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Adobe Robohelp

Things Fall Apart, The Centre Cannot Hold [Organizing Content 3]

May 17, 2010 • findability, general

Let's fast forward a year. Assume you have explored Swordfish and have hammered out a lot of help topics -- nearly 200 help topics, in fact. You have met with subject matter experts and extracted critical information from them for many months. You have explored Swordfish inside and out, documenting every possible task and setting, and now you have a ton of content.

The help topics you created seem endless. You have checked their accuracy against the constantly updated Swordfish interface, and you have made a seamless flow from online help to PDF format. But now, at this moment, near the end of the project, you face the problem of content organization. You have so much content, it seems all one giant jumble of information. It needs to be organized better, with a sounder logic and structure, but how?

Attempting organization

In setting up my 200 help topics, I initially grouped the topics  into various folders -- for example, Covert Operations, Stings, Exchanges, Drop-offs. And then I titled the subfolders in each folder as "Basic Tasks" and "Advanced Tasks" to follow the model of increasing agent permissions. So the folder organization looked like this:

Covert Operations
     Basic Tasks
     Advanced Tasks

Stings
     Basic Tasks
     Advanced Tasks

Exchanges
     Basic Tasks
     Advanced Tasks

Drop-offs
     Basic Tasks
     Advanced Tasks

It soon was clear that no one understood what constituted a basic and advanced task, so I changed these subfolders to a grouping of content by role: "Super Agent Tasks" and "Regular Agent Tasks." I structured everything in the help this way, assuming that this model would fit the majority of agents perusing the help. They could then navigate to the subfolders based on their known and probable role.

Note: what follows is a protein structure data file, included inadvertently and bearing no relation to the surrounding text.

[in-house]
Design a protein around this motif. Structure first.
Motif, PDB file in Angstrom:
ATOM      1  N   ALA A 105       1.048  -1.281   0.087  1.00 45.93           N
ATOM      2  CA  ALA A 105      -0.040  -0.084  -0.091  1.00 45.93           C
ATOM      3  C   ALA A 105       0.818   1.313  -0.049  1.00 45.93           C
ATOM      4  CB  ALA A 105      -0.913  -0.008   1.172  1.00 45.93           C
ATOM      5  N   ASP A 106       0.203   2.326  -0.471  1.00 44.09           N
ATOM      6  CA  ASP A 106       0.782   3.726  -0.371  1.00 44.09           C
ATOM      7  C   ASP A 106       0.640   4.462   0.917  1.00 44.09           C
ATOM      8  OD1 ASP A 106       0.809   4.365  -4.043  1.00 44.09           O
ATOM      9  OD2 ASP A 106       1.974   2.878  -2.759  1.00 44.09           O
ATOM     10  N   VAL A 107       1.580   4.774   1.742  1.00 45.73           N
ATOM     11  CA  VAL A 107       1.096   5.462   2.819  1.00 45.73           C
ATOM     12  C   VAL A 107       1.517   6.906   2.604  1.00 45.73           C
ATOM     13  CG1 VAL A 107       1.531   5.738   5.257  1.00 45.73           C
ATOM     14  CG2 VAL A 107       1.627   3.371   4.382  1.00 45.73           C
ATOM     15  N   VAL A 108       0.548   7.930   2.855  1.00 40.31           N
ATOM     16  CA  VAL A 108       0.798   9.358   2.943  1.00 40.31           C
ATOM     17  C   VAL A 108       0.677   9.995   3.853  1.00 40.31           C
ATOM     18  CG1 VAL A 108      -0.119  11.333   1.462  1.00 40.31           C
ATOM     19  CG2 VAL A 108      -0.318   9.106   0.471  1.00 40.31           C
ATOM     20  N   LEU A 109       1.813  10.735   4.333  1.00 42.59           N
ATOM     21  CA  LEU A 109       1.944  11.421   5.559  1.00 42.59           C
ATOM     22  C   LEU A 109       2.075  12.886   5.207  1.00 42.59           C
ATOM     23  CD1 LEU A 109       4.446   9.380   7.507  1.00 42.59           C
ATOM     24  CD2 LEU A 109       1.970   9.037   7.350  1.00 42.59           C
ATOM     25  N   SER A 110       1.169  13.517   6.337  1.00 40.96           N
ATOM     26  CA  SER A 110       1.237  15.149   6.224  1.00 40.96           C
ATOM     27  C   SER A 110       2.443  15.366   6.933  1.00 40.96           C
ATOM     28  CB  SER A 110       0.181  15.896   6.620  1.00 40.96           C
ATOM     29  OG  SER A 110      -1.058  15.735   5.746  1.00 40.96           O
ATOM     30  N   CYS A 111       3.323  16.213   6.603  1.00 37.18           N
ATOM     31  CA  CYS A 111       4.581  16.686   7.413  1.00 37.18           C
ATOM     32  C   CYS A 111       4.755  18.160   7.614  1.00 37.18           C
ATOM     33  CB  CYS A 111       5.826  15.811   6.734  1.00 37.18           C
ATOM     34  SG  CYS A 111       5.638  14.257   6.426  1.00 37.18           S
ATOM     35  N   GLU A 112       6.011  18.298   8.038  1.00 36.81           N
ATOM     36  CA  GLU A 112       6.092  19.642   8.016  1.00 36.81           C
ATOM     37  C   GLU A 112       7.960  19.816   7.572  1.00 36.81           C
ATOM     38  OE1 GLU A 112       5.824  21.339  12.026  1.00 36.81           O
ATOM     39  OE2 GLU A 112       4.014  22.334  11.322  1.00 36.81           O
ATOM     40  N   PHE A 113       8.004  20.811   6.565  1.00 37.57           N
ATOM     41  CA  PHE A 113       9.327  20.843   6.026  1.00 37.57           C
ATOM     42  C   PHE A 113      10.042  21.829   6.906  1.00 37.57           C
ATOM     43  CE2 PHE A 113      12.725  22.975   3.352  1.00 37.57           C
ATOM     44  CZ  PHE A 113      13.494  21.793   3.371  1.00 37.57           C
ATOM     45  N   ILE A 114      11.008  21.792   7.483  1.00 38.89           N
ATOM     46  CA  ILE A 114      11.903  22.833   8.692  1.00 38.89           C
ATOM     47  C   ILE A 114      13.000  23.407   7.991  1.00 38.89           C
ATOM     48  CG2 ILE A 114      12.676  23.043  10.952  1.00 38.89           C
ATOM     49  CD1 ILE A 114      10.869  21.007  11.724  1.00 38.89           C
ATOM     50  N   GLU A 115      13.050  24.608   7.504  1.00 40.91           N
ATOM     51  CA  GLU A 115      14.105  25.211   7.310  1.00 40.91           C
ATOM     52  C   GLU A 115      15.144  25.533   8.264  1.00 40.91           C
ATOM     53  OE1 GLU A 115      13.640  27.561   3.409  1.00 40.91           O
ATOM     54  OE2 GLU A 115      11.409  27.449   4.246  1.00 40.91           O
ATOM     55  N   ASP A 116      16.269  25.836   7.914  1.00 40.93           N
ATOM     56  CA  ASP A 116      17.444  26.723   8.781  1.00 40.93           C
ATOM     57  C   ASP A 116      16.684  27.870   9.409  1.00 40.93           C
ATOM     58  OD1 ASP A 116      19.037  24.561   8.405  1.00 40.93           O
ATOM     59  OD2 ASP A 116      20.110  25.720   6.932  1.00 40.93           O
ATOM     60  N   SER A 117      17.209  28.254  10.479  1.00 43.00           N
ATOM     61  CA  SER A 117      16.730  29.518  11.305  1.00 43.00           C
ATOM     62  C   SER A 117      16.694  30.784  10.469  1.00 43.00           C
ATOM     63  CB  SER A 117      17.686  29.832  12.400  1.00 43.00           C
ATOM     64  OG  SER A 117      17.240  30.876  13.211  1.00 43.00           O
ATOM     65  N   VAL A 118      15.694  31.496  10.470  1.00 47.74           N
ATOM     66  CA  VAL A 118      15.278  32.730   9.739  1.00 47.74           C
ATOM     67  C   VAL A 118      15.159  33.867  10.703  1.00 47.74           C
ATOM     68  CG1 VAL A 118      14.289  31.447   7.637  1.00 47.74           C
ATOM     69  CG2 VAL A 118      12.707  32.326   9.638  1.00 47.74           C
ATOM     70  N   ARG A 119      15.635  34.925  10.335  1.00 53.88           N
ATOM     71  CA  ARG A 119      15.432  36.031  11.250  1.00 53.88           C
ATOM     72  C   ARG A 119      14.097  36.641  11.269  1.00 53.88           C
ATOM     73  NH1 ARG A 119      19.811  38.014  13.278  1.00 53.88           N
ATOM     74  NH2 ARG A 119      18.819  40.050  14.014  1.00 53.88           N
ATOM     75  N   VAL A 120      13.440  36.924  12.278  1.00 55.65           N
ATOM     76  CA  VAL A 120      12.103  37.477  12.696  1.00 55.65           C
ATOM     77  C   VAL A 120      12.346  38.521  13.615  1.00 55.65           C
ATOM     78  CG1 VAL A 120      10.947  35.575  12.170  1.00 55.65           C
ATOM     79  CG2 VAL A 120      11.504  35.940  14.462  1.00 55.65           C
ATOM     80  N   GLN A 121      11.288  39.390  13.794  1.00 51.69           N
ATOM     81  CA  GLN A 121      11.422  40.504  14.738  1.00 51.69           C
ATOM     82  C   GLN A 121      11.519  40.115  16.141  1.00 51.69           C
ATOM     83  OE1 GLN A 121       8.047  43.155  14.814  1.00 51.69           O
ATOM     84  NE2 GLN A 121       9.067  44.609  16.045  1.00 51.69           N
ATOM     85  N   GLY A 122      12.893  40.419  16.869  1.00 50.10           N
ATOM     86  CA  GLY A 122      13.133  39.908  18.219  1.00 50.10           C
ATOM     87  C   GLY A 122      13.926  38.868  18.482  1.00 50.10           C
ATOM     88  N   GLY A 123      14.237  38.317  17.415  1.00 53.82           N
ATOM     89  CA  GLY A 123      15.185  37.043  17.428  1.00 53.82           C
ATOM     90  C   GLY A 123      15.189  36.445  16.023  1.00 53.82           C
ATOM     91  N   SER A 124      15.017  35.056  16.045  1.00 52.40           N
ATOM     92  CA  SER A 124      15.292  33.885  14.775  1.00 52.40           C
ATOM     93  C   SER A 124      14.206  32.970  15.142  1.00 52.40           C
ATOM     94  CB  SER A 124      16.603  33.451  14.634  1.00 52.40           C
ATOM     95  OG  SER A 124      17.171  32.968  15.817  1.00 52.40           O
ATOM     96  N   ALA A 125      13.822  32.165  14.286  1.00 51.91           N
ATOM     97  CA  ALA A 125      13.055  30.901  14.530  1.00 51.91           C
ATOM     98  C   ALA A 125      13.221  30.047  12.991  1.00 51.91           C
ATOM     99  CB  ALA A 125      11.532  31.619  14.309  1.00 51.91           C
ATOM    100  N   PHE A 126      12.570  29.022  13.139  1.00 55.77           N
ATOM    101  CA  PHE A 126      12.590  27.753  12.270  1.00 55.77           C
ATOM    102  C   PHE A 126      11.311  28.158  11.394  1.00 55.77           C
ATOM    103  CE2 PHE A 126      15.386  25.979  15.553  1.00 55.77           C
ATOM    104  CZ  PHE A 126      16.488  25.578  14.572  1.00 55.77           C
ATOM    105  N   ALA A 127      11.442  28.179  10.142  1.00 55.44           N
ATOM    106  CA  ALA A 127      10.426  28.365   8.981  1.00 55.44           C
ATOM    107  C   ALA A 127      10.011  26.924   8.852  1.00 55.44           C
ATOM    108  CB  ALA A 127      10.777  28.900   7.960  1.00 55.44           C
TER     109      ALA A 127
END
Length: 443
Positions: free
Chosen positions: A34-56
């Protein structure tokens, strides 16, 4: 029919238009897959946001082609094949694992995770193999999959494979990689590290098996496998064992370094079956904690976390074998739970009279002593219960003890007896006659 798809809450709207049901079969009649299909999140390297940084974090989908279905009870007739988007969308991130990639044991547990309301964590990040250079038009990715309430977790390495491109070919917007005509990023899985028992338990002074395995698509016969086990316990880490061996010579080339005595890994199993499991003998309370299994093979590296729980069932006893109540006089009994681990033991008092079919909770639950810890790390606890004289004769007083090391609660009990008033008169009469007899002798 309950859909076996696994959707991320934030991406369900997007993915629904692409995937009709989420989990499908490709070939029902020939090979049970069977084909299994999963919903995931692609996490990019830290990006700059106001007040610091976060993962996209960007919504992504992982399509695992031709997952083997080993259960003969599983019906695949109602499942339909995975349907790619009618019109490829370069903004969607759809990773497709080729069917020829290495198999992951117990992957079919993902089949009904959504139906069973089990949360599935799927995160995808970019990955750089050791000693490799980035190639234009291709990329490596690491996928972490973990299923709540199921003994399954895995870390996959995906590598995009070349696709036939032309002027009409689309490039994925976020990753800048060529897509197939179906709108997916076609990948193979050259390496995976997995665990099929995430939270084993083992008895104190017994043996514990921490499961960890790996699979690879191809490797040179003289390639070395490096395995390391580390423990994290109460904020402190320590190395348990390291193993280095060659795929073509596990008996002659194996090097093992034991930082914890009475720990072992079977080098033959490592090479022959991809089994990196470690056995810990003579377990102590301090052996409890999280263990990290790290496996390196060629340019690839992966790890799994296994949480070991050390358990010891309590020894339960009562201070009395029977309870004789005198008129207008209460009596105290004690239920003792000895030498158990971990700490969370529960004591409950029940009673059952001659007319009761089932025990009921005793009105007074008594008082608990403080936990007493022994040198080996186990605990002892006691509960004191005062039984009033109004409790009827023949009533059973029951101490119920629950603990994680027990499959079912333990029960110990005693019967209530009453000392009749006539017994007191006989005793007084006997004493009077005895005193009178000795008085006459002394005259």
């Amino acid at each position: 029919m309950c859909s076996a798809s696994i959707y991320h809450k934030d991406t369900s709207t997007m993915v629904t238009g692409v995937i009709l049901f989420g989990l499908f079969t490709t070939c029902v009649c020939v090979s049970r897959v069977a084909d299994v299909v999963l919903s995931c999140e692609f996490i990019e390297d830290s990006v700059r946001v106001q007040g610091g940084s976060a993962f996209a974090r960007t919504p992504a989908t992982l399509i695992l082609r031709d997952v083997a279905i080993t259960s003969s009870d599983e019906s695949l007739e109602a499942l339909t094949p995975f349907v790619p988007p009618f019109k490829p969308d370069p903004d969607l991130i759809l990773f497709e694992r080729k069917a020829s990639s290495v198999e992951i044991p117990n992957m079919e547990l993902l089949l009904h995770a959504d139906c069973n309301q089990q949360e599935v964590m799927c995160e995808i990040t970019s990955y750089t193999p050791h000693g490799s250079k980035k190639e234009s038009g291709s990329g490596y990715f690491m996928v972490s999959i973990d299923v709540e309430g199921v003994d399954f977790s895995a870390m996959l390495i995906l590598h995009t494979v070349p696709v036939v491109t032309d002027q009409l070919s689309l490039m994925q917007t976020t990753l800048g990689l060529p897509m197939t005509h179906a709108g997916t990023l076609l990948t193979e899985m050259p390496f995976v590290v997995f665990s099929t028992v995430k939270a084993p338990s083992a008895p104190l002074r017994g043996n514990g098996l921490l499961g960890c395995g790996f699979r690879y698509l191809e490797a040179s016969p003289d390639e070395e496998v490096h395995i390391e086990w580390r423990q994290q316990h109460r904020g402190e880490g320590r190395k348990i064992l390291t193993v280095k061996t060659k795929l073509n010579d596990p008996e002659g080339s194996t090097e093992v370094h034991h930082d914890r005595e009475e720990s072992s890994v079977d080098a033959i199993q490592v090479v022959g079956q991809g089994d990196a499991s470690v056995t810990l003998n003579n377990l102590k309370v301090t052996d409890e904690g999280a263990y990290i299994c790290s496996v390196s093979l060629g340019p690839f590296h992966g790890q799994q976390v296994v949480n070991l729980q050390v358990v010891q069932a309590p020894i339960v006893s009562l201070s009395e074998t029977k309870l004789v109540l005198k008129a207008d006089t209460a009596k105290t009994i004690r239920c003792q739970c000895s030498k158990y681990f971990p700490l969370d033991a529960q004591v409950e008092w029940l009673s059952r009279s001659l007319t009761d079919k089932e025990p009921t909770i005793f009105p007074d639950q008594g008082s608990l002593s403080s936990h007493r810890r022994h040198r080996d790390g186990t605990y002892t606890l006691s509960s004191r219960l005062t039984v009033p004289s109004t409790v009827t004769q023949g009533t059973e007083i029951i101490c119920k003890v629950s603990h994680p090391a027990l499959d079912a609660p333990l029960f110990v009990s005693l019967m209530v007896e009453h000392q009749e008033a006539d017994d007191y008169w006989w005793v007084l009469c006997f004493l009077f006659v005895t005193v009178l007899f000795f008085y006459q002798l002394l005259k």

Covert Operations
     Regular Agent Tasks
     Super Agent Tasks

Stings
     Regular Agent Tasks
     Super Agent Tasks

Exchanges
     Regular Agent Tasks
     Super Agent Tasks

Drop-offs
     Regular Agent Tasks
     Super Agent Tasks

Feedback from both colleagues and users resisted these roles. "The folders are too general," one colleague said. "I have no idea what Regular Agent and Super Agent Tasks mean. You need something more descriptive." A user echoed the same thing, asserting that the folders were too general and vague.

Technical distractions

Release dates drew near. Although the folder naming conventions weren't ideal, I was proud of the single sourcing model I had set up. The online help single sourced to a PDF printout without any modification of the PDF at all. In fact, I even set up a recurring job to automatically republish both the online help and PDF every day at 2 p.m. It was a completely hands-off, automated process.

But then something happened. A few days ago, one of the chief agents in the department mentioned he was preparing a presentation to a set of field agents, and could I show him where to print the quick reference guides and user manuals?

Gladly I showed him the links, but because I had a few days until the deadline, I decided first to read through the PDF, which previously I had hardly glanced at except to ensure proper formatting and PDF rendering.